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3 reimbursement changes for hospital performance

Value-based purchasing (VBP) - October 2012
Medicare will launch the hospital VBP program, in which pay-for-performance programs will receive incentives for demonstrated excellence and improvements in patient safety and effective care. The Centers for Medicare & Medicaid Services released the final rule in August last year. The AHA had serious concerns about CMS' proposal to include hospital-acquired conditions measures because a separate HAC provision would penalize hospitals, as well as the weighting of patient experiences. CMS will likely propose additional measures over the next several years, AHA said, with certain measures retiring when hospitals reach the maximum performance, that is, when hospitals can improve no further.

Readmissions - October 1, 2012 (FY 2013)
Under the Affordable Care Act provision, hospitals will face penalties for excess readmissions for heart attack, heart failure and pneumonia, starting in October. CMS did account for planned readmissions from heart surgeries following a heart attack, based on the AHA's urging.

The AHA also is pushing the agency to include community factors that could affect readmission reimbursements, which, "thus far, CMS has refused to account for," the association said.
"CMS needs to recognize that readmissions are the result of many factors, some are within a hospital's control, and some are related to the lack of resources elsewhere in the community, such as adequate numbers of primary care clinicians and access to pharmacies," AHA said. "There is compelling evidence that safety-net hospitals and others serving large numbers of low-income individuals will have difficulty reducing readmissions due to the lack of some of these resources in the communities they serve. This creates an unfair system that puts these hospitals at greater risk for substantial readmission penalties."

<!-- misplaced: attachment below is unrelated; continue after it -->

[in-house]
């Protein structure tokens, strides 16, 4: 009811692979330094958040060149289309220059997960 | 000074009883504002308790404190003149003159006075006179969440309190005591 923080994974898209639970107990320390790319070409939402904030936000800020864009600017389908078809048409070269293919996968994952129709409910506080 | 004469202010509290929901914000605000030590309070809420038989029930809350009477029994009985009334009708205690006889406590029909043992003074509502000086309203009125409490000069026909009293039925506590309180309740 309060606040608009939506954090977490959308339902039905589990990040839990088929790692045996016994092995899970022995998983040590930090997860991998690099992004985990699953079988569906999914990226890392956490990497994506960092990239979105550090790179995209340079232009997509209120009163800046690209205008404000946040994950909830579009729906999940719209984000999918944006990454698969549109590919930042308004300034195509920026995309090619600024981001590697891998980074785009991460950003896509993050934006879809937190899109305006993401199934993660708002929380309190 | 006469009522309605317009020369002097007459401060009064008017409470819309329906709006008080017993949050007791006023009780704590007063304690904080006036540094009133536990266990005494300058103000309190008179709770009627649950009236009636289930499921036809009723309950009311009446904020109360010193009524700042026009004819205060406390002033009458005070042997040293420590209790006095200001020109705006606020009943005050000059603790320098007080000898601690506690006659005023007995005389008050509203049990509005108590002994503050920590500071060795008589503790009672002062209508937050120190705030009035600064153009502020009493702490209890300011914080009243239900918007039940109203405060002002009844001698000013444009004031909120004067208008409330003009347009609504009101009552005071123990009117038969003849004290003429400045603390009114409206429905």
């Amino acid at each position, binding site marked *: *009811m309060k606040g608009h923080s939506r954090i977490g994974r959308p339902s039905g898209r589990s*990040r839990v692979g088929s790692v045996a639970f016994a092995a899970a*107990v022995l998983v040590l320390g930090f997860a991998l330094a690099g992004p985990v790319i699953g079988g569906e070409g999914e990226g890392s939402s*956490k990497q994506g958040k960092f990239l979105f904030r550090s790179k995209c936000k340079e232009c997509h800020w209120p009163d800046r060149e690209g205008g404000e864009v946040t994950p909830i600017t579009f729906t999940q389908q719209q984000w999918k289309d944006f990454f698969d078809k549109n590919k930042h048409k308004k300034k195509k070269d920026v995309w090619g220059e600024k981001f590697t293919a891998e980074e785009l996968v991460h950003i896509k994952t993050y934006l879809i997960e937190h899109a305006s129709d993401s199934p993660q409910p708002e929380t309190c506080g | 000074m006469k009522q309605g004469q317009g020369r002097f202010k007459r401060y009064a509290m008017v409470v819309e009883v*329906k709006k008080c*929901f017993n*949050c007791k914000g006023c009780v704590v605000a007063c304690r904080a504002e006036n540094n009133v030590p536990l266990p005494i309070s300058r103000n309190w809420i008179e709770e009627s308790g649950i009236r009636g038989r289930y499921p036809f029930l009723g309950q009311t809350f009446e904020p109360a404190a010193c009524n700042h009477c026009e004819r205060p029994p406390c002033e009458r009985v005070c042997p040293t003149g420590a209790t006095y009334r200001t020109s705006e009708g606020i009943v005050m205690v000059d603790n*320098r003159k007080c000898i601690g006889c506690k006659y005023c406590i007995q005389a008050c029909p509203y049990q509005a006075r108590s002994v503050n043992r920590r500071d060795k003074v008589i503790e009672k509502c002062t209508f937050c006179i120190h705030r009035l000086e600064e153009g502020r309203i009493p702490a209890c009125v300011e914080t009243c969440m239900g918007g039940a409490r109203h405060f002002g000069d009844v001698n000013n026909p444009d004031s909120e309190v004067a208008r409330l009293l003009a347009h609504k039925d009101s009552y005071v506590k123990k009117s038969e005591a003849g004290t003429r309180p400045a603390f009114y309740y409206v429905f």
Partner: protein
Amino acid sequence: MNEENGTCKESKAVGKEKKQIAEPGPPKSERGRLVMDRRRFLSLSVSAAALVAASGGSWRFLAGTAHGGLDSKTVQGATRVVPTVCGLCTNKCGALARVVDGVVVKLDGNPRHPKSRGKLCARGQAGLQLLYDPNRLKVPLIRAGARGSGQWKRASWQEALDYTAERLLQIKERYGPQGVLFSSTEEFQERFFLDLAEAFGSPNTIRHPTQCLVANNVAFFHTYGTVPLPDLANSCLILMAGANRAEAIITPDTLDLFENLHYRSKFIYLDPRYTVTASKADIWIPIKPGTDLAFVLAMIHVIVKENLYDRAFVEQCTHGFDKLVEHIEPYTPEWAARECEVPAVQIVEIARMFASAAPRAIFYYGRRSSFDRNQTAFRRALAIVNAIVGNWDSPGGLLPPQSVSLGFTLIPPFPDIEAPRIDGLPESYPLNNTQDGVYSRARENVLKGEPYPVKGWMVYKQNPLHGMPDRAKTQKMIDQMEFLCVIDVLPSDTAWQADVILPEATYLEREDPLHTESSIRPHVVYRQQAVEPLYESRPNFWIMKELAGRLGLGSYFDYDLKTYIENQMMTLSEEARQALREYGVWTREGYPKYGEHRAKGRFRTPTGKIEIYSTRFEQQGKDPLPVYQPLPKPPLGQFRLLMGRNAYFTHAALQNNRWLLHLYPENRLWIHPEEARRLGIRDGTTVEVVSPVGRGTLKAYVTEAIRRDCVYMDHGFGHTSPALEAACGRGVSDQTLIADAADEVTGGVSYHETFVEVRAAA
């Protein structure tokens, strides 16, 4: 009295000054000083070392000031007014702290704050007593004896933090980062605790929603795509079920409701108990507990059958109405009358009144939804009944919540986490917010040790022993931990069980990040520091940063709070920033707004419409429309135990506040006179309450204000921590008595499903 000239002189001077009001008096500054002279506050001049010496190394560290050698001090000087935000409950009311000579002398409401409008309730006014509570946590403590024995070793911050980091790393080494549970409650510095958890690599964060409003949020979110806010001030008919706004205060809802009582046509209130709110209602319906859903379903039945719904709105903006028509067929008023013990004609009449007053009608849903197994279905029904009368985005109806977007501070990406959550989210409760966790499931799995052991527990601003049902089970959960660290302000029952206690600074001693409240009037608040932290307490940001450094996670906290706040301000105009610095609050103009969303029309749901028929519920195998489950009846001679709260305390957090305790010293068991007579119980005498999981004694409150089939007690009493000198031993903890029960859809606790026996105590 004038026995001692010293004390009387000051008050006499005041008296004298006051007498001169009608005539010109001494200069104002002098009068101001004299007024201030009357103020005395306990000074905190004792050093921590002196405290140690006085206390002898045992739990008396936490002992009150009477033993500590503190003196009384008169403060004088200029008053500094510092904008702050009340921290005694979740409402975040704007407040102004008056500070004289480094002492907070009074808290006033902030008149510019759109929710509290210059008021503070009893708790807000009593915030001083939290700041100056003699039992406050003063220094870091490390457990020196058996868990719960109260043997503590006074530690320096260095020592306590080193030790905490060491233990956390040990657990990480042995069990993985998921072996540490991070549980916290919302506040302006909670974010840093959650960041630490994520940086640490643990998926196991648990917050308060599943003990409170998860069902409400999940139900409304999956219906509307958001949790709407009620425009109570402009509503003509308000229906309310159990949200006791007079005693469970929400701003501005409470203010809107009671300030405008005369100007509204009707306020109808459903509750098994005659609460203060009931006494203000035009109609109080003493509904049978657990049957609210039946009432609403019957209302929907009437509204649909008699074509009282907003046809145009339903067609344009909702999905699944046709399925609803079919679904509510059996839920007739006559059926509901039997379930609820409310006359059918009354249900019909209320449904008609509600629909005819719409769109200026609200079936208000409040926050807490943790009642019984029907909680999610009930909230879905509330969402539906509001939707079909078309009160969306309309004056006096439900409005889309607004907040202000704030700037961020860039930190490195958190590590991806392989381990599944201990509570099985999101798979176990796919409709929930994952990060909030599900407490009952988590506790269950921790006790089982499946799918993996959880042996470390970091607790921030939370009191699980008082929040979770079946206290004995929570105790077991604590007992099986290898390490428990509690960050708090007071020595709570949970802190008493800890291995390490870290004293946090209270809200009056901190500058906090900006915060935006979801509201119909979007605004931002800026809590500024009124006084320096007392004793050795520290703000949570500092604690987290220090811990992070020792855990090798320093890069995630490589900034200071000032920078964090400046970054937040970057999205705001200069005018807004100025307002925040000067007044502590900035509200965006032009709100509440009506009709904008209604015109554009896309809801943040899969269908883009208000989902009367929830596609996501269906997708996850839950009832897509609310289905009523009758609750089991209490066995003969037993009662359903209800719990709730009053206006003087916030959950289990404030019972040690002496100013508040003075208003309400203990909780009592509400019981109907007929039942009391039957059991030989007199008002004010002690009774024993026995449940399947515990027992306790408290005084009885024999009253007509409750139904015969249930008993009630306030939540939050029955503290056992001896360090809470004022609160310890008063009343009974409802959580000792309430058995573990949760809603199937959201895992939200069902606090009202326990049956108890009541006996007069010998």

Hospital-acquired conditions - FY 2015
Hospitals also will face Medicare penalties for hospital-acquired conditions, starting in fiscal year 2015. Those that do well in the top quartile of national rates will receive 99 percent of their Medicare payments for all discharges. Some hospitals, however, will face penalties each year if they fail to progress--a position that AHA strongly opposes.

AHA stated, "Provisions from the Patient Protection and Affordable Care Act (ACA) must be implemented in a way that is fair and equitable for hospitals while seeking to avoid adverse unintended consequences."

However, an American Journal of Infection Control study this week found that CMS-issued penalties from 2008 did boost infection-control efforts, in which infection preventionists reported increased focus on stopping catheter-associated urinary tract and central line-associated bloodstream infections.